Additional copyright information (optional): In Canada, copyright law automatically protects written and creative works (e.g. text, art, music or performance), in all formats, as soon as they are created and until 50 years after the creator’s death. The creator of the work (i.e. author, composer or artist) often owns copyright, though for published works the publisher may own copyright. A work does not need to be marked with © or a copyright statement to be protected. A copyright protected work cannot be copied (i.e. scanned, printed, downloaded, emailed or photocopied) without the copyright owner’s permission, except in certain situations outlined in the Copyright Act (see SFU’s Fair Dealing Policy for details).
Sharing pdfs or other copies of textbooks and course materials, whether or not you profit from it, may be a violation of Canadian copyright law and SFU policies.
Your instructor’s course materials such as PowerPoint slides, lecture notes, the lecture itself and exams are all protected by copyright. Recording, copying or sharing these materials without permission may be a violation of Canadian copyright law and SFU policies.
SFU students, faculty and staff are required to abide by Canada’s Copyright Act as well as SFU’s copyright policies. Find information about what this means for students at SFU’s copyright website, copyright.sfu.ca, or by contacting the Copyright Office at firstname.lastname@example.org. If you are copying works, using them in presentations and projects, or sharing them with other students, you should familiarize yourself with the guidelines and limits contained in SFU’s Fair Dealing Policy.
Turnitin notification for students
Written work for this course will be submitted via Turnitin, a third-party service licensed for use by SFU. Turnitin is used for originality checking to help detect plagiarism. Students will be required to create an account with Turnitin, and to submit their work via that account, on the terms stipulated in the agreement between the student and Turnitin. This agreement includes the retention of your submitted work as part of the Turnitin database. Any student with a concern about using the Turnitin service may opt to use an anonymous identity in their interactions with Turnitin. Students who do not intend to use Turnitin in the standard manner must notify the instructor at least two weeks in advance of any submission deadline. In particular, it is the responsibility of any student using the anonymous option (i.e., false name and temporary email address created for the purpose) to inform the instructor such that the instructor can match up the anonymous identity with the student.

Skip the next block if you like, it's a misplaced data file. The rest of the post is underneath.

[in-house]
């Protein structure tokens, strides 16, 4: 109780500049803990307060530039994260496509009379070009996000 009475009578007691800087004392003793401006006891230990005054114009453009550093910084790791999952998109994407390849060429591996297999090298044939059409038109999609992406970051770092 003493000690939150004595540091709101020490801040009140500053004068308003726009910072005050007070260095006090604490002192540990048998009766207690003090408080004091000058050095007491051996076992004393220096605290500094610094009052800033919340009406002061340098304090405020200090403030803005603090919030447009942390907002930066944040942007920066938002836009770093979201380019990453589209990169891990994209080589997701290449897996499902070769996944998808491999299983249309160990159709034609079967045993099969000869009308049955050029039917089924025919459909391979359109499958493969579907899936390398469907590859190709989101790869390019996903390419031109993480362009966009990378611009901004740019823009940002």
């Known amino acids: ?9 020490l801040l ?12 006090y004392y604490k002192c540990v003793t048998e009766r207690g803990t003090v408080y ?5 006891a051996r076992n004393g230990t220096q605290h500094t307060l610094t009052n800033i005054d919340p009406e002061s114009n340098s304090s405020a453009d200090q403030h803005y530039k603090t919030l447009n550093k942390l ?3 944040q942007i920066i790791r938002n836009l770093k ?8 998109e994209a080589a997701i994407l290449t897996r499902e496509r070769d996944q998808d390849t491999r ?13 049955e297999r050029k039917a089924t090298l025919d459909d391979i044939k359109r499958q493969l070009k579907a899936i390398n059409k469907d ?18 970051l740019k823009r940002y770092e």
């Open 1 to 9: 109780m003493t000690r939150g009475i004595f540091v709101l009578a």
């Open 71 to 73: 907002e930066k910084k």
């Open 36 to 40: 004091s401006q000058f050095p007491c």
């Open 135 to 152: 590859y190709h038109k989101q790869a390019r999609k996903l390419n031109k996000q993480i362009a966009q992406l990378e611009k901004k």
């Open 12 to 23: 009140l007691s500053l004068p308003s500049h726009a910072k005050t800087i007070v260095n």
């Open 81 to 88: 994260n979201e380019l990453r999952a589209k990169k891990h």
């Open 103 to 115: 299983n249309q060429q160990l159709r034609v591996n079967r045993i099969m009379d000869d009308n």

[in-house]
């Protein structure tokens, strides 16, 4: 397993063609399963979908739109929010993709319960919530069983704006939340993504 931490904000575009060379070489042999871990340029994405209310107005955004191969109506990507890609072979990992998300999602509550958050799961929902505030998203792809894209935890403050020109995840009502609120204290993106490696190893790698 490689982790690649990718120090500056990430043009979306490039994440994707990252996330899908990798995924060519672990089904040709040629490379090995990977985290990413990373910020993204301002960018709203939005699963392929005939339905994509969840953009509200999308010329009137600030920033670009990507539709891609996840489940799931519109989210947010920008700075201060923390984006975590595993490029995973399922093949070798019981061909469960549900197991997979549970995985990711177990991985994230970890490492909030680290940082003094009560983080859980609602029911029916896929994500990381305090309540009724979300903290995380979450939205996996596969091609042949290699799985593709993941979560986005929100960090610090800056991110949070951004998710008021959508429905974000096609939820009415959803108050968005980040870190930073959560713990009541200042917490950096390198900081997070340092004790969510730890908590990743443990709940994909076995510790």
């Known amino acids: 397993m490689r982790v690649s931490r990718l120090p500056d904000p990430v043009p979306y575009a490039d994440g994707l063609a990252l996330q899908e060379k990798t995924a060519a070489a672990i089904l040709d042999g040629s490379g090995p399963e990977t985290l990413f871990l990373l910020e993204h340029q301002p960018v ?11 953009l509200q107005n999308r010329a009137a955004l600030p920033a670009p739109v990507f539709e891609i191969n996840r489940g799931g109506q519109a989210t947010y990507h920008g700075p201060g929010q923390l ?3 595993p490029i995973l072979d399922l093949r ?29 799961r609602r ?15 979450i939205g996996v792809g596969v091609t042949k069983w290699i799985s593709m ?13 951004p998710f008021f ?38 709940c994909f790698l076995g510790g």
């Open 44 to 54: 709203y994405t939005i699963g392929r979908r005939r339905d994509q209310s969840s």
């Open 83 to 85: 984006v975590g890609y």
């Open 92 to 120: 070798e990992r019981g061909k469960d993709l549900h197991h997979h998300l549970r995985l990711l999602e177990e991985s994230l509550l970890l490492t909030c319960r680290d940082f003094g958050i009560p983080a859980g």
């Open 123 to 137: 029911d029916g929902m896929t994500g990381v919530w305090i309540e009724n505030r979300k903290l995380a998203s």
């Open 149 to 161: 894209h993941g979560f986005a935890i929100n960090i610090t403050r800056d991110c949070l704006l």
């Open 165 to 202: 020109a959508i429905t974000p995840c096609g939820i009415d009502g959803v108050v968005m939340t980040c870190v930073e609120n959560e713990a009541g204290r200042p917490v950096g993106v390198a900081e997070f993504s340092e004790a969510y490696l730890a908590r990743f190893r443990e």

For more information, see the Protection of Privacy section of the SFU calendar.
Online Proctoring notification for students
Note to instructors:
Students should be informed on the timing, instruction, allowable supports and contact information. Consider giving students an opt-out option if they have a legitimate reason for not being able to participate in a timed proctored exam (e.g. security concern, disability). Oral exams can be an alternative if deemed appropriate by the instructor.
During remote instruction, mandatory exams for this course will be completed online, and will be live-proctored using Zoom. Live-proctoring mimics in-person exams and will not be recorded. Students in this course will be required to have a webcam, a microphone, a stable and secure internet connection, and are responsible to ensure their computer is fully functional before the exam. You will be expected to complete X number of exams for this course as proctored exams. Exams will be X hours long and will be completed in Canvas. System wide settings have been implemented across SFU Zoom to reduce privacy and security risks. Questions about privacy compliance can be sent to email@example.com
When Zoom is being used for invigilation purposes, students can expect to:
- Keep their camera on for the entire exam and are not permitted to use background filters
- Show their student card to verify their identification
- Share their screen at any point during the exam
Note to instructors:
If recording a lecture, ensure that students are informed and use the standard collection notice as shown below. Video recording is not permitted for Zoom exam proctoring. Standard Collection Notice (sample; please provide the relevant information in the areas indicated)
Lectures in this course will be recorded. As a result, Simon Fraser University may collect your personal information under the authority of the University Act (R.S.B.C. 1996, c.468) and the Freedom of Information and Protection of Privacy Act (R.S.B.C., 1996, c. 165). It is related directly to and needed by the University to support student learning. The information will be used [must describe all uses and be specific]. If you have any questions about the collection, use and disclosure of this information please contact your instructor.
Much of the content in developing this sample text has been adapted from the University of Toronto Centre for Teaching Support and Innovation, the UC San Diego academic integrity resources for educators, the Academic Integrity Resources for Students at the University of Sydney, Western University’s Online Proctoing guidelines and the International Centre for Academic Integrity “Integrity Matters” blog.